Controlling the Narrative at Home and Abroad

Whether internationally or domestically, the NLD-led government is clamping down on expression and assembly during protests or political opposition, while deliberately obscuring the discussion of deeply worrying human rights concerns at platforms such as the UNHRC.

The UN Special Rapporteur on Myanmar has recently outlined key concerns to the United Nations Human Rights Council (UNHRC) as part of his regular reporting on the human rights situation in Myanmar, including restrictions of freedom of expression, and the disenfranchisement of those most marginalized in the country such as the Rohingya. The attempts by the Myanmar government, and its allies in the HRC, however, to interrupt and create obstacles to this reporting speaks volumes about Myanmar’s attempts to control and manipulate the narrative regarding the hugely problematic upcoming election.

On 22 September, the UN Special Rapporteur on the situation of human rights in Myanmar, Mr. Tom Andrews, was presenting his report to the UNHRC, outlining problems regarding hatespeech, and bigoted language used by political parties in the upcoming election in November – Myanmar attempted to shut this down. As Mr. Andrews presented a widely circulated photo of a recent campaign poster for an independent parliamentary candidate in Latha Township, Yangon, in which he proudly pronounces his ‘No Rohingya’ policy, Myanmar interjected with a point of order, in that they opposed the use of such an image. Its political allies on the HRC then made statements of support in the rejection of the use of this image, while other countries made statements to the opposite effect. After Mr. Andrews then went on to show images of Rohingya villages that were destroyed during the Myanmar military’s genocidal campaign of violence in 2017, and what is now a military installation, a further interjection and a vote was called for, in which members had to decide whether or not to allow the continued use of images.

Such attempts to obfuscate, distort, and censor essential reporting of the human rights situation in Myanmar on the international stage is a continuation of the years of denial employed by Myanmar representatives during military junta rule, most notably by former Chair of the Myanmar National Human Rights Commission, Win Mra, during his stint as Myanmar’s UN representative in the 1990s. That this is done under the watch of the NLD-led government, should be a wakeup call to their international backers that believe there is a genuine and substantive transition to democracy in the country.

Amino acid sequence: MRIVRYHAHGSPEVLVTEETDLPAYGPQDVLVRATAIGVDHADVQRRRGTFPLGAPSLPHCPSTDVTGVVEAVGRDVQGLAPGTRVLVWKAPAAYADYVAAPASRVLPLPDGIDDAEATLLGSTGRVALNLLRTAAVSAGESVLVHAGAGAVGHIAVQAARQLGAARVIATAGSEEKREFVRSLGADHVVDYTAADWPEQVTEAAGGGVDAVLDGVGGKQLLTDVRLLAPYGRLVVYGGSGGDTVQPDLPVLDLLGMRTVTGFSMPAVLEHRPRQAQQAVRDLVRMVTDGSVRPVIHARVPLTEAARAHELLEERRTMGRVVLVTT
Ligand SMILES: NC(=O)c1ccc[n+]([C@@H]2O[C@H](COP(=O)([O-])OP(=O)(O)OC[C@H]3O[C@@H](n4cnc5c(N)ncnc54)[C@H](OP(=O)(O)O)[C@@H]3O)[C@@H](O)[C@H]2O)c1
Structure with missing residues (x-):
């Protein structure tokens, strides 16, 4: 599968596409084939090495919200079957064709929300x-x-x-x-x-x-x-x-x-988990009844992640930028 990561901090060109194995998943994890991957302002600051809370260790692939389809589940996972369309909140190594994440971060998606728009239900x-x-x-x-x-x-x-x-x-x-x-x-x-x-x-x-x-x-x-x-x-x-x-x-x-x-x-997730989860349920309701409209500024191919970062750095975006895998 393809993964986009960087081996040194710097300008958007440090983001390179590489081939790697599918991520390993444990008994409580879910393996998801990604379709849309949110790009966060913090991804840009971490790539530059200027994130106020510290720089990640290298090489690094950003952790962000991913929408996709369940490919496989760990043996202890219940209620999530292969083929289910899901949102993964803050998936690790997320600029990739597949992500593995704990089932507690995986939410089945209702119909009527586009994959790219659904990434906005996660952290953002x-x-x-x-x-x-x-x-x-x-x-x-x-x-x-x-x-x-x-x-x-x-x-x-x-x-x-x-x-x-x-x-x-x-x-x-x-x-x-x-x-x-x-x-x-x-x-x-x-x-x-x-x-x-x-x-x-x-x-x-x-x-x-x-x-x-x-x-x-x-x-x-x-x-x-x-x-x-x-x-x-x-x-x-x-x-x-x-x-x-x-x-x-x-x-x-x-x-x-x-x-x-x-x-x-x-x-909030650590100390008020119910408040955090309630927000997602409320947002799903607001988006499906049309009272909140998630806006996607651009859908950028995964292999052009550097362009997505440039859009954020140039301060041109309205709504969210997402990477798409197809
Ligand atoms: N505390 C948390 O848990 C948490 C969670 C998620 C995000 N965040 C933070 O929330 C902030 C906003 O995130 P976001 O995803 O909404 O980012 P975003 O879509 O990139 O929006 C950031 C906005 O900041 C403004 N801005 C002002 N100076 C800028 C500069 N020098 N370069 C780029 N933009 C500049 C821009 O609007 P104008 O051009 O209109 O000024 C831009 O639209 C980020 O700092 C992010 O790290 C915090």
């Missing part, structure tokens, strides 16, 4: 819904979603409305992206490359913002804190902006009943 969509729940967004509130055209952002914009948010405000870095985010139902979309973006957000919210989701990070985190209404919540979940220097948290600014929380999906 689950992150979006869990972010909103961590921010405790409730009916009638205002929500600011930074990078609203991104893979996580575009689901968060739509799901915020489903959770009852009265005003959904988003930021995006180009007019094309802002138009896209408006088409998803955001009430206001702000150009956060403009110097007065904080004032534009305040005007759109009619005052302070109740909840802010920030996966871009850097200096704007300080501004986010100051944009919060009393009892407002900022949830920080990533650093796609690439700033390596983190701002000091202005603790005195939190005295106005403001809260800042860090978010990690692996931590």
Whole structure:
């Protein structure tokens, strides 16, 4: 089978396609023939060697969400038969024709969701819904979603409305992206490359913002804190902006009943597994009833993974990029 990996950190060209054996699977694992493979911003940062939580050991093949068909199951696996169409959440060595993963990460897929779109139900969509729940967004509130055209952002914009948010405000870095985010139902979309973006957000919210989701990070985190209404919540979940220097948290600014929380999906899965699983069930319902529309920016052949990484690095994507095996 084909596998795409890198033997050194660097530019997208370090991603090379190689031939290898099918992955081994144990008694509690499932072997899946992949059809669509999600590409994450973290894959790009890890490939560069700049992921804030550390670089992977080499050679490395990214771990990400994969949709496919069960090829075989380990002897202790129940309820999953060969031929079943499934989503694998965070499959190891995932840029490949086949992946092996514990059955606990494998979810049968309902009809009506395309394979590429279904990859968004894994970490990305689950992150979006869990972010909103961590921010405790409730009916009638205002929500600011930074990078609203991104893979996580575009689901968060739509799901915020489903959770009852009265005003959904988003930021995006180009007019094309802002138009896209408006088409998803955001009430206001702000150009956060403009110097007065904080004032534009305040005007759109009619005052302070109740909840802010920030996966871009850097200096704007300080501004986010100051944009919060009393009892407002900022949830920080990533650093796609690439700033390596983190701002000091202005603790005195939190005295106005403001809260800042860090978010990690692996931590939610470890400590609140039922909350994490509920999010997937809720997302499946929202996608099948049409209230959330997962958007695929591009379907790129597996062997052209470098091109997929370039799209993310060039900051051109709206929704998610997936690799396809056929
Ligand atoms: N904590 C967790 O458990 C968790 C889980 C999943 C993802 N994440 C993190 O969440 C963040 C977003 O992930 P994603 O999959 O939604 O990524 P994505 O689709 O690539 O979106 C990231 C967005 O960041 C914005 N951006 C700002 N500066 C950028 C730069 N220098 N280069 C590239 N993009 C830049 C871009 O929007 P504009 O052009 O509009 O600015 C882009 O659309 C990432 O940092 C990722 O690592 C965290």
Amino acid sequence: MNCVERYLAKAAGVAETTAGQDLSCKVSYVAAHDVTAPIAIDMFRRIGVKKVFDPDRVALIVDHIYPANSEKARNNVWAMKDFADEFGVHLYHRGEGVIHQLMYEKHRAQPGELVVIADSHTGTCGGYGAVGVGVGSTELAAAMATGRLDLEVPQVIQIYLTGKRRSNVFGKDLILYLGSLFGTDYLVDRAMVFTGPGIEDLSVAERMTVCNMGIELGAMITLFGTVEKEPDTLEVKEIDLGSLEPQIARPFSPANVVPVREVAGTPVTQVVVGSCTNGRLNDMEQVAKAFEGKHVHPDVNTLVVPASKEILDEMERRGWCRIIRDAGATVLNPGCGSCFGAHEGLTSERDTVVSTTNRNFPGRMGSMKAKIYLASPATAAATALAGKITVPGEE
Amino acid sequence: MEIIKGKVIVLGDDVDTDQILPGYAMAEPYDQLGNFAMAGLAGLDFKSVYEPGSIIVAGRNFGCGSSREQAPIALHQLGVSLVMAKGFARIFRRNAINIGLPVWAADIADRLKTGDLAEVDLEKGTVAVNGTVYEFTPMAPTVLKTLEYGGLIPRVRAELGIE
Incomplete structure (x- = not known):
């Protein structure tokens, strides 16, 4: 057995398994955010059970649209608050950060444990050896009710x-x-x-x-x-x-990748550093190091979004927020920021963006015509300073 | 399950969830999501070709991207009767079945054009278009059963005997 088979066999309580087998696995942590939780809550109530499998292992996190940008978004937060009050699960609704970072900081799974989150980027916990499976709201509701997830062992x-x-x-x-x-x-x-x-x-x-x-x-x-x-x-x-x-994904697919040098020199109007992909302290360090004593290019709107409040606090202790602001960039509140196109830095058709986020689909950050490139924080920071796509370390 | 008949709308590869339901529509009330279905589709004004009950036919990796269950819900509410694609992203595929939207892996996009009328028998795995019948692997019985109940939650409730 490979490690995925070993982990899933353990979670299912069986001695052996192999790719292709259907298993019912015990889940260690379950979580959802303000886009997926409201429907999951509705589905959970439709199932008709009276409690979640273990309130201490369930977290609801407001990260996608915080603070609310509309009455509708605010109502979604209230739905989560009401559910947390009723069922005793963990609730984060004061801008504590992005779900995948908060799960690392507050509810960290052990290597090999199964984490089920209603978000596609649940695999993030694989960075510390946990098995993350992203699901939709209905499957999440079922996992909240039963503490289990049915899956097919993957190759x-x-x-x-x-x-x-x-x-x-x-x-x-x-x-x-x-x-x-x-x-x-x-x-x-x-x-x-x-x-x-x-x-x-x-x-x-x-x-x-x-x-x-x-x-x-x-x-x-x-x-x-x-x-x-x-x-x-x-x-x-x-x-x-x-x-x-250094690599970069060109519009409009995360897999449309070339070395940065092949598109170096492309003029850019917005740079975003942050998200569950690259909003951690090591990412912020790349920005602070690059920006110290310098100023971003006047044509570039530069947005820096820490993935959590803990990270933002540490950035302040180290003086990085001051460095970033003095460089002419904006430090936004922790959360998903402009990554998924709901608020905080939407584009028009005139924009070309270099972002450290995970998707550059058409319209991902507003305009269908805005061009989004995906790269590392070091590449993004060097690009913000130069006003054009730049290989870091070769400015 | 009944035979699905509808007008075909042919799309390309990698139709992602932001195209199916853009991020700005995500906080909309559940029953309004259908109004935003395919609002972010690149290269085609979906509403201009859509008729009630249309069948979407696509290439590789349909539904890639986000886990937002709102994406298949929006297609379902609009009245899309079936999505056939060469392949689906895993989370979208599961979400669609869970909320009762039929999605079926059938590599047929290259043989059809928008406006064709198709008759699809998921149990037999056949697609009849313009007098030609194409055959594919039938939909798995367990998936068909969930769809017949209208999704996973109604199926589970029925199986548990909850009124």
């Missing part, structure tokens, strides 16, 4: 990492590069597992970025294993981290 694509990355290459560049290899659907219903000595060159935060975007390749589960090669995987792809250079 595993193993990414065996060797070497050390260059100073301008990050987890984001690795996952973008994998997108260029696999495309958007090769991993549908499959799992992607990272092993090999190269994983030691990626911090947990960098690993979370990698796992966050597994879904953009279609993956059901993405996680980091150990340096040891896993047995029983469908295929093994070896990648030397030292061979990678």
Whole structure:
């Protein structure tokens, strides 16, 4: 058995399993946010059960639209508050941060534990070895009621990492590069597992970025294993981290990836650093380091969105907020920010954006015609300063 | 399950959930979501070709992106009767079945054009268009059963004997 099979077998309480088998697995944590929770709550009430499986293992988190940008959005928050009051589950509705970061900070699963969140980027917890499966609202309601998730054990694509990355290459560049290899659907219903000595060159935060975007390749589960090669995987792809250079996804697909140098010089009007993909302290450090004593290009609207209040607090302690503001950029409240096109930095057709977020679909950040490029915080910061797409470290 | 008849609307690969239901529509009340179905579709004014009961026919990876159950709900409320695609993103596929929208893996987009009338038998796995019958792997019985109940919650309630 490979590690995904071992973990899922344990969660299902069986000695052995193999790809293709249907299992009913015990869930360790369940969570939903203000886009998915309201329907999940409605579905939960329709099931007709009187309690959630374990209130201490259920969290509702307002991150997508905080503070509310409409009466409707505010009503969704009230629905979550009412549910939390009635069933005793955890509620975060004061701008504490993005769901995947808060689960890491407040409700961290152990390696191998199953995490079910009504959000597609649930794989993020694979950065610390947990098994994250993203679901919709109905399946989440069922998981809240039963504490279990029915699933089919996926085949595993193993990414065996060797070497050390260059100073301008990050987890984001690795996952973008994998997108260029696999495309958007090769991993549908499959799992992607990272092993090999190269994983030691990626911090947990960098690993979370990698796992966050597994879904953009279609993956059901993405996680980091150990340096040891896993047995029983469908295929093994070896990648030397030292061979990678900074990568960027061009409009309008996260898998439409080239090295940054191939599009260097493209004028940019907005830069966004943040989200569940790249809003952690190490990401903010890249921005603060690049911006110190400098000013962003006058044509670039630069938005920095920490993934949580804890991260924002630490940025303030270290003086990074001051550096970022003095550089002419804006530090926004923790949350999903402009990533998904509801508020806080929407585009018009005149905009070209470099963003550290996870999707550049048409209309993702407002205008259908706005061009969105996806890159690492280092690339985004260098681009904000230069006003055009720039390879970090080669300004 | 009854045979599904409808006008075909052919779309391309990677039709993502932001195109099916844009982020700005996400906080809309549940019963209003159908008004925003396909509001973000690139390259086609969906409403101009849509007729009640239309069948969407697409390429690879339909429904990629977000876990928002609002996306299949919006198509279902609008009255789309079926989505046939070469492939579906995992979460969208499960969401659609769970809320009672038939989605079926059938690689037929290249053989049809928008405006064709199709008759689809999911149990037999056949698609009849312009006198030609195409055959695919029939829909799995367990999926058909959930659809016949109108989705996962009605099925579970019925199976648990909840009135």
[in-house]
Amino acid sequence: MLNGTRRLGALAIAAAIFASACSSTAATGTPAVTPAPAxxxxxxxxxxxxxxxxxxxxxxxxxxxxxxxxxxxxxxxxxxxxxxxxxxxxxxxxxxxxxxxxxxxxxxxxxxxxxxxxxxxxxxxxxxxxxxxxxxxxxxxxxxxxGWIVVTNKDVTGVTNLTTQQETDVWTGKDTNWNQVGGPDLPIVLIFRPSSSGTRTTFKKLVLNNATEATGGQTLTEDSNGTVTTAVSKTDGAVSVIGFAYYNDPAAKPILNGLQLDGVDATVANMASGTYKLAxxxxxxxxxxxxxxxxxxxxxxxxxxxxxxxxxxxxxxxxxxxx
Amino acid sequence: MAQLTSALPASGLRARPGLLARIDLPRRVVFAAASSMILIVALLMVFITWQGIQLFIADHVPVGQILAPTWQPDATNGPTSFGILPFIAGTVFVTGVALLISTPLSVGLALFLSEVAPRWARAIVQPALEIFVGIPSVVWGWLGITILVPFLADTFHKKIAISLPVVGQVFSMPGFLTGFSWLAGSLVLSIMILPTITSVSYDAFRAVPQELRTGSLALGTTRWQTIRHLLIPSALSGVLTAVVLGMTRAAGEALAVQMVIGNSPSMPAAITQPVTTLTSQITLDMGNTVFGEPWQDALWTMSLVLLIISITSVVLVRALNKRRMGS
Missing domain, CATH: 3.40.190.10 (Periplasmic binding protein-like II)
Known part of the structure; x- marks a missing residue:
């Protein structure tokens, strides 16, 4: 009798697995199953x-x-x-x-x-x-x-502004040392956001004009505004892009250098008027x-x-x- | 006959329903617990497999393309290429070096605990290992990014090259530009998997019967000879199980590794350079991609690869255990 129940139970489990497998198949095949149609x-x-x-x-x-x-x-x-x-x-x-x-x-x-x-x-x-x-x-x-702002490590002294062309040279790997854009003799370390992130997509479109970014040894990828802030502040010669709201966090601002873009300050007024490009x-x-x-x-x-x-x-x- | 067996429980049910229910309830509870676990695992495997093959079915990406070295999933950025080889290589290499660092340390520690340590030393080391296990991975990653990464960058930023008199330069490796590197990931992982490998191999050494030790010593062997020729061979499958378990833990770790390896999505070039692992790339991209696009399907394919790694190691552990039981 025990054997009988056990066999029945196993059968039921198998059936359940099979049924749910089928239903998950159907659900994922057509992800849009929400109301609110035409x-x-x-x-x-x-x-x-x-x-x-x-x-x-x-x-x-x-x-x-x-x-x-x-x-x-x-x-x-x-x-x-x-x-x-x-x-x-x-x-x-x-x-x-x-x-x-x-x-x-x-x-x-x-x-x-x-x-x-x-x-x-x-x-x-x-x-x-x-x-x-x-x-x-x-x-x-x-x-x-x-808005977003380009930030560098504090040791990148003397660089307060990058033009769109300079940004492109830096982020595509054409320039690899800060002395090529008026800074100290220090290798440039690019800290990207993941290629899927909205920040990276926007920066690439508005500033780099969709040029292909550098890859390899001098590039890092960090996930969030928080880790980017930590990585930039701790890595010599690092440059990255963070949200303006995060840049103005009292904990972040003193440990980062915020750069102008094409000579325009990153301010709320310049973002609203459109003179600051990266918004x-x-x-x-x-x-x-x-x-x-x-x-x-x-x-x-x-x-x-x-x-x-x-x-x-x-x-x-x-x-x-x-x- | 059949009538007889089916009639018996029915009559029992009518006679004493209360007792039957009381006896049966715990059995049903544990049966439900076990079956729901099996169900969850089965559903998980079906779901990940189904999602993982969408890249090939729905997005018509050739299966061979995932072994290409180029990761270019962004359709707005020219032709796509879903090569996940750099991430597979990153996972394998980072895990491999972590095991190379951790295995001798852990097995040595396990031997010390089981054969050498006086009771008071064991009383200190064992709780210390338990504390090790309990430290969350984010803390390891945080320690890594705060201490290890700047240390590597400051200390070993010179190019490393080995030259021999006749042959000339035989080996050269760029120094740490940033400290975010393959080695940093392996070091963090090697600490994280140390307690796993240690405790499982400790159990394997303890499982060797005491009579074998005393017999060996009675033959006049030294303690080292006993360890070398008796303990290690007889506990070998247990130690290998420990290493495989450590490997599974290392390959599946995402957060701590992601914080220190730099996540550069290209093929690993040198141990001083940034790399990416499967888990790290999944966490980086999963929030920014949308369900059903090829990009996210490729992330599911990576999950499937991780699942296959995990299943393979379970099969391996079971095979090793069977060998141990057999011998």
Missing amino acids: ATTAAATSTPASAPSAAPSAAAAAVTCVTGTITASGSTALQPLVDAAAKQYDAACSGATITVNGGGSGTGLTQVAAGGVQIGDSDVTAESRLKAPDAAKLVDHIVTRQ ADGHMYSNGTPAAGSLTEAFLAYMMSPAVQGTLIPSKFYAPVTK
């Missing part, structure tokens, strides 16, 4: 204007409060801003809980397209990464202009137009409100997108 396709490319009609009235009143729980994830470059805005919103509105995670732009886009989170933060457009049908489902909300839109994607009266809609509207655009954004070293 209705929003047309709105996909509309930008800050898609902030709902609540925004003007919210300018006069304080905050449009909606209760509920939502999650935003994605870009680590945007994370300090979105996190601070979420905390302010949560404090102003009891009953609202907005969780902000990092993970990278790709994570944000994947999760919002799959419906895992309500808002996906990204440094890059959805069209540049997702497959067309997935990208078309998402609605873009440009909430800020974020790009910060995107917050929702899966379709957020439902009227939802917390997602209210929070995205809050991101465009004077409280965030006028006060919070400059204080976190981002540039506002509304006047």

The censorship of human rights reporting also tallies with the situation closer to home. A series of nighttime raids, arrests, and police harassment of peaceful student protesters is a blatant attempt to clamp down on any legitimate dissent. The students are members of the All Burma Federation of Students Union (ABFSU) who conducted a sticker and flier campaign, in solidarity with Rakhine students who had been arrested for protesting the intensifying war and ongoing internet restrictions in townships in Rakhine and Chin States. Charges have been brought or are in the process of being brought against over 30 students, with authorities using the Penal Code, the Disaster Management Law, and the deeply problematic Peace Assembly and Peaceful Procession Law. This is a blatant and authoritarian tactic all too familiar with those who lived through military rule.

It appears that not much has changed in terms of political dissent and reporting of human rights in Myanmar. Whether internationally or domestically, the NLD-led government is clamping down on expression and assembly during protests or political opposition, while deliberately obscuring the discussion of deeply worrying human rights concerns at platforms such as the UNHRC. Myanmar must do more to protect freedom of expression and the discussion of the atrocities that the military has and is committing. Until it does, any optimism that greater freedoms afforded in recent years has generated will continue to diminish.